Reefing Hansa 303s and Liberty's (7 replies)
It seems to be quite difficult on 303s and Liberty's to keep the mainsail flat when reefed in a decent wind. Bringing the mainsail outhaul down to the console, and fitting an alloy clamcleat or (better but more expensive) a cam cleat is a big improvement over the plastic cleats on the boom. But stopping the mast unwinding is still a bit of a problem- either the mast clamp is not robust enough or the grip of the reefing line is not good enough. Any suggestions?
2.3s seem to be less of an issue, presumably because the sail area is small enough for the set-up.
It should be possible to introduce a peg/hole system to lock the mast completely as reefing is usually a whole/half number of wraps.
You wouldn't need too many holes in the mast. One 5mm hole may be enough?
I wrote the Swarkestone contribution about 10 years ago - it has never let us down.
Simon - Sadly I don't appear to be able to edit my post above - can this be activated?
Anyway I forgot to mention that we also use cam cleats with fairleads on the deck for the outhaul on our 303s.
If like us you use deck cam cleats for the outhaul it is important to remove the plastic cleat on the boom. This is because it is possible for the main sheet to catch in the boom cleat if not in use, preventing the main sheet from being eased.
Hi John Thanks for this- I hadn't seen that. Any chance of a photo sometime?
Like you we don't use the drum as a furling system- we wrap and use the cleats just to secure. But sailing this afternoon I noticed the reefing line kept popping out of the cleat. And there was a bit of play in the drum, and the sail slips around the mast. All very unsatisfactory.
My thoughts so far:
- Our boom cleats have been removed already- apparently they slipped anyway, and they must be hard to get tension on when you are in the boat, or standing alongside on the pontoon. Possibly a Pico-style outhaul with a decent cleat would work better. I do intend to fit cheek blocks at the boom end, and maybe increase the purchase.
- Currently the outhaul runs from the mainsheet turning block (about 18" back from the mast) diagonally down to a turning block on the console, then back to an ali clamcleat. The cleat is great- but the diagonal is unsatisfactory- when you sheet in hard, the boom comes down, lengthening the outhaul along the boom by about 1". Moving the outhaul forward to a block about 8" behind the mast is better, with only about 1/2" of movement. But it is still the opposite of what you want.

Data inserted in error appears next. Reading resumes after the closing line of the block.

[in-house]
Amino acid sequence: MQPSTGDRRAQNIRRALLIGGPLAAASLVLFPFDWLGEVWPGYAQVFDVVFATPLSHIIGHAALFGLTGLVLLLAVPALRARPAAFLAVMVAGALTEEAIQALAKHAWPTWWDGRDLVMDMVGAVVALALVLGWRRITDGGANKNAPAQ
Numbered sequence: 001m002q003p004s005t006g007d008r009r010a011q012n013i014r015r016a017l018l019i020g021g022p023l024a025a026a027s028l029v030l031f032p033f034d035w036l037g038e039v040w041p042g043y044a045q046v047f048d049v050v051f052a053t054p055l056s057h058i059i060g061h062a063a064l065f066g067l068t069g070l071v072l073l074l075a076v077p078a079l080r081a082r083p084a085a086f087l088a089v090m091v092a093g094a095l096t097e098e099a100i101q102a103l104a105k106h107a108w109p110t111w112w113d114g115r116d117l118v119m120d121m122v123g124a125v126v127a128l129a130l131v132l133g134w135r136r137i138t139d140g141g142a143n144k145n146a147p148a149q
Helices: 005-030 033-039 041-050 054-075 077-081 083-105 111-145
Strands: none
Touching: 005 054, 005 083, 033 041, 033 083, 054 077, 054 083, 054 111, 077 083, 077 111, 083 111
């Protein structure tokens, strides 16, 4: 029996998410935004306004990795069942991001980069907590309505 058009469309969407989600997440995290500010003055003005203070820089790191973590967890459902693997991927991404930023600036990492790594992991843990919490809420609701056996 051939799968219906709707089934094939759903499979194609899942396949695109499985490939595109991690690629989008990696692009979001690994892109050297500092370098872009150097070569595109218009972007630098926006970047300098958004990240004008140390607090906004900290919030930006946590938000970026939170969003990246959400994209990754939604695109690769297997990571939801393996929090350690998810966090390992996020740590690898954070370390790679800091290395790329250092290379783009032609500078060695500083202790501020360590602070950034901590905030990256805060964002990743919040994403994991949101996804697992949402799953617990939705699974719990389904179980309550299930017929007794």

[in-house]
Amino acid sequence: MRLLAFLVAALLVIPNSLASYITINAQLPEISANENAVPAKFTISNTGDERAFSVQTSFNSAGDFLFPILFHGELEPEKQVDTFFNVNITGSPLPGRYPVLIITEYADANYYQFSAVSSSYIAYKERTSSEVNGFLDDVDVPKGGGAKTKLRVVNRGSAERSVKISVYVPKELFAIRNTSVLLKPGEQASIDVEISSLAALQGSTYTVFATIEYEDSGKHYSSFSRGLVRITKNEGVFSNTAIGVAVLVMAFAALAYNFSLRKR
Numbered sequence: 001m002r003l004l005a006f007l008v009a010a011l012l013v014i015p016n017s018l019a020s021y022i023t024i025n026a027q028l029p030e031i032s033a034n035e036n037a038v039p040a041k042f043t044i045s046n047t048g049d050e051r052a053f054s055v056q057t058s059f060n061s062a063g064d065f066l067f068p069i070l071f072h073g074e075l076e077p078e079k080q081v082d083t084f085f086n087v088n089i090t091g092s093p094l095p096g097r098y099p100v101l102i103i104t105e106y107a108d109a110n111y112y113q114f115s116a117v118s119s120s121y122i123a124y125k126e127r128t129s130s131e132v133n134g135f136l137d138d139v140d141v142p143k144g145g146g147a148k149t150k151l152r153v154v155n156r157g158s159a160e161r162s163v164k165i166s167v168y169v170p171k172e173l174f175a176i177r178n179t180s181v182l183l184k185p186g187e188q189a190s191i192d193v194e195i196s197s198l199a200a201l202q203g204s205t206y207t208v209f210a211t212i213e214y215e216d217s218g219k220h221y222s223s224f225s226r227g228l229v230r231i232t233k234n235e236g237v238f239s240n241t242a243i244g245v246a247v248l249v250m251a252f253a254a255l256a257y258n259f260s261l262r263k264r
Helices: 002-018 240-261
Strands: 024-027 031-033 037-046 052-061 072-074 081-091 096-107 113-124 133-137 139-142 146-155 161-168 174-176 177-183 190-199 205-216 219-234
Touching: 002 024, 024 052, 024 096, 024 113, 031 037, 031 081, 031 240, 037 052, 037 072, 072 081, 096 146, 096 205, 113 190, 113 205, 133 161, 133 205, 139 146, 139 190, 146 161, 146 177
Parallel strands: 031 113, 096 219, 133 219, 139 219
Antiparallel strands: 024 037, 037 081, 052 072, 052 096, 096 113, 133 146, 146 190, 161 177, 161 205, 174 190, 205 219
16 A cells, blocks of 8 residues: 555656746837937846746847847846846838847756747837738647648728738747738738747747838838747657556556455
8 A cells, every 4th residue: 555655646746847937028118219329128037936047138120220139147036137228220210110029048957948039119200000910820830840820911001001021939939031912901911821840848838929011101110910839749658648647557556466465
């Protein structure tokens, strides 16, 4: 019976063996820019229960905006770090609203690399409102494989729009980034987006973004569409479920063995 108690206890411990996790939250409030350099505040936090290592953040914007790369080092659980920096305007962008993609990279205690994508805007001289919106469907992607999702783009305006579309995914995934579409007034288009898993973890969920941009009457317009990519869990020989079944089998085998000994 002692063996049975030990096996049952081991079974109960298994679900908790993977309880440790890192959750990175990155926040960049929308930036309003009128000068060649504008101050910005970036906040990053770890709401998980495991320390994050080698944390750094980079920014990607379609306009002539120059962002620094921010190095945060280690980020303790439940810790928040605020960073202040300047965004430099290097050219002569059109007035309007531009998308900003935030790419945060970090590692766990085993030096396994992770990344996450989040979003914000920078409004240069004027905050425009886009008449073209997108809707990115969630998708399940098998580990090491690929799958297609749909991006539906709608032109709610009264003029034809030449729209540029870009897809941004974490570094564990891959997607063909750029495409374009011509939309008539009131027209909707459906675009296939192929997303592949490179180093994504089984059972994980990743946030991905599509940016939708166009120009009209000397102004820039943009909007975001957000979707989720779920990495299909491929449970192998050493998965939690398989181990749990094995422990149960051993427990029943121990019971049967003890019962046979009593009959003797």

- If tightened properly, the furler does seem to grip the mast adequately on the 303s. Not sure about the Libertys. But it does depend on volunteers tightening it properly- easy to overlook.
- The bottom of the sail doesn't really grip the mast. If you have got tight wraps in, it is probably OK, but without that you can unwind the bottom of the sail by a half turn or so before the effect of the fixed head is transmitted down the mast and stops it unwrapping further. I am going to try some self adhesive velcro at the mainsail tack to see if that helps.
Good sailors with reasonable mobility will be able to sort this out on the water, but for our less experienced volunteers and less mobile sailors it is asking a lot to be able to sail comfortably in a breeze with a bulging mainsail foot. My radical thought is to rivet the gooseneck drum to the mast (similar to the jib) and lock the mast with a peg. And find a non-variable outhaul arrangement. But at the moment I am in incremental/ non-invasive mode.
All contributions welcome!
Some photos on how we set up our 303s. Using aluminium clam cleats is in my view critical- plastic just isn't good enough. So long as there is enough grip of the collar on the mast (if it gets very smooth, a bit of very light sanding of the mast should fix it), the reef seems to stay in. The 2:1 purchase on the outhaul means that most sailors can adjust the outhaul without assistance.
For the jib, there is enough friction that the plastic cleat is OK.
One photo at a time